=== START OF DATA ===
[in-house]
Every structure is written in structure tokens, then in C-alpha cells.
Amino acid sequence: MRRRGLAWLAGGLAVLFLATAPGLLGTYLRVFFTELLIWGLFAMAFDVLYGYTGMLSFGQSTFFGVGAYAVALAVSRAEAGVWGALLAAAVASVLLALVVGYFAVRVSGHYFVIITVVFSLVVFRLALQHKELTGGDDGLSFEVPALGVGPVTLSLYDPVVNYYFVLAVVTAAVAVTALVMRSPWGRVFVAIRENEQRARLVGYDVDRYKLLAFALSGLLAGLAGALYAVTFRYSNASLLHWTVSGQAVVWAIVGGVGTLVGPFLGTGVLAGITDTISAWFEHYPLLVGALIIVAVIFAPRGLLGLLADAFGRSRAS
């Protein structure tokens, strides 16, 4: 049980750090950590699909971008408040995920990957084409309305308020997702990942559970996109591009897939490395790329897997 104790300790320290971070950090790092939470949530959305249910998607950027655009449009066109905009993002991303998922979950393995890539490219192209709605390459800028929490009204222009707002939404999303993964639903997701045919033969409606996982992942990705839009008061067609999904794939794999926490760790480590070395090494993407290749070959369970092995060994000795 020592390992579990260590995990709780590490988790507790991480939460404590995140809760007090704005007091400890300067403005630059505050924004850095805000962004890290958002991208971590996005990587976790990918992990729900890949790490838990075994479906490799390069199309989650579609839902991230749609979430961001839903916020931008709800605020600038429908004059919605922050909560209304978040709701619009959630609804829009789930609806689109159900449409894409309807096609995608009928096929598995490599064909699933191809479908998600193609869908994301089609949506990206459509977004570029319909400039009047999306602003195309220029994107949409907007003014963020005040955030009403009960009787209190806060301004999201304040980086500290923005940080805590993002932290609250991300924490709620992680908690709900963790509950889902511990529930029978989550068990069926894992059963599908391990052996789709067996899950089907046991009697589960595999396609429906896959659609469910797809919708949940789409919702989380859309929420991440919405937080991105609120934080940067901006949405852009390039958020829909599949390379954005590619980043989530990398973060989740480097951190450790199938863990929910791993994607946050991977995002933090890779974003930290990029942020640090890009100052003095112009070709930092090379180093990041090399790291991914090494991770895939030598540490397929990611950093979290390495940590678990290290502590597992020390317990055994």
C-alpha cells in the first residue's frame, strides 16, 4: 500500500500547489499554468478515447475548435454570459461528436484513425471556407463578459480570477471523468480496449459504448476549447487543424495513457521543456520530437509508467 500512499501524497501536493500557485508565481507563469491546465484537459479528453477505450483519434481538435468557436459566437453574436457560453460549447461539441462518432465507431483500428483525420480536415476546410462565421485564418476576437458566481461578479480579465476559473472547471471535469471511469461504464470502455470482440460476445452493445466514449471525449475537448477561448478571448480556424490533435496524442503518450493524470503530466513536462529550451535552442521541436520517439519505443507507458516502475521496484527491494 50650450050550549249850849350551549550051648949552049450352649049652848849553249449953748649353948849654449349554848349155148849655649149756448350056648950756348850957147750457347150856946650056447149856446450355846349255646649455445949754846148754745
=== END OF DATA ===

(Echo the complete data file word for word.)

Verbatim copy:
[in-house]
Every structure is written in structure tokens, then in C-alpha cells.
Amino acid sequence: MRRRGLAWLAGGLAVLFLATAPGLLGTYLRVFFTELLIWGLFAMAFDVLYGYTGMLSFGQSTFFGVGAYAVALAVSRAEAGVWGALLAAAVASVLLALVVGYFAVRVSGHYFVIITVVFSLVVFRLALQHKELTGGDDGLSFEVPALGVGPVTLSLYDPVVNYYFVLAVVTAAVAVTALVMRSPWGRVFVAIRENEQRARLVGYDVDRYKLLAFALSGLLAGLAGALYAVTFRYSNASLLHWTVSGQAVVWAIVGGVGTLVGPFLGTGVLAGITDTISAWFEHYPLLVGALIIVAVIFAPRGLLGLLADAFGRSRAS
């Protein structure tokens, strides 16, 4: 049980750090950590699909971008408040995920990957084409309305308020997702990942559970996109591009897939490395790329897997 104790300790320290971070950090790092939470949530959305249910998607950027655009449009066109905009993002991303998922979950393995890539490219192209709605390459800028929490009204222009707002939404999303993964639903997701045919033969409606996982992942990705839009008061067609999904794939794999926490760790480590070395090494993407290749070959369970092995060994000795 020592390992579990260590995990709780590490988790507790991480939460404590995140809760007090704005007091400890300067403005630059505050924004850095805000962004890290958002991208971590996005990587976790990918992990729900890949790490838990075994479906490799390069199309989650579609839902991230749609979430961001839903916020931008709800605020600038429908004059919605922050909560209304978040709701619009959630609804829009789930609806689109159900449409894409309807096609995608009928096929598995490599064909699933191809479908998600193609869908994301089609949506990206459509977004570029319909400039009047999306602003195309220029994107949409907007003014963020005040955030009403009960009787209190806060301004999201304040980086500290923005940080805590993002932290609250991300924490709620992680908690709900963790509950889902511990529930029978989550068990069926894992059963599908391990052996789709067996899950089907046991009697589960595999396609429906896959659609469910797809919708949940789409919702989380859309929420991440919405937080991105609120934080940067901006949405852009390039958020829909599949390379954005590619980043989530990398973060989740480097951190450790199938863990929910791993994607946050991977995002933090890779974003930290990029942020640090890009100052003095112009070709930092090379180093990041090399790291991914090494991770895939030598540490397929990611950093979290390495940590678990290290502590597992020390317990055994």
C-alpha cells in the first residue's frame, strides 16, 4: 500500500500547489499554468478515447475548435454570459461528436484513425471556407463578459480570477471523468480496449459504448476549447487543424495513457521543456520530437509508467 500512499501524497501536493500557485508565481507563469491546465484537459479528453477505450483519434481538435468557436459566437453574436457560453460549447461539441462518432465507431483500428483525420480536415476546410462565421485564418476576437458566481461578479480579465476559473472547471471535469471511469461504464470502455470482440460476445452493445466514449471525449475537448477561448478571448480556424490533435496524442503518450493524470503530466513536462529550451535552442521541436520517439519505443507507458516502475521496484527491494 50650450050550549249850849350551549550051648949552049450352649049652848849553249449953748649353948849654449349554848349155148849655649149756448350056648950756348850957147750457347150856946650056447149856446450355846349255646649455445949754846148754745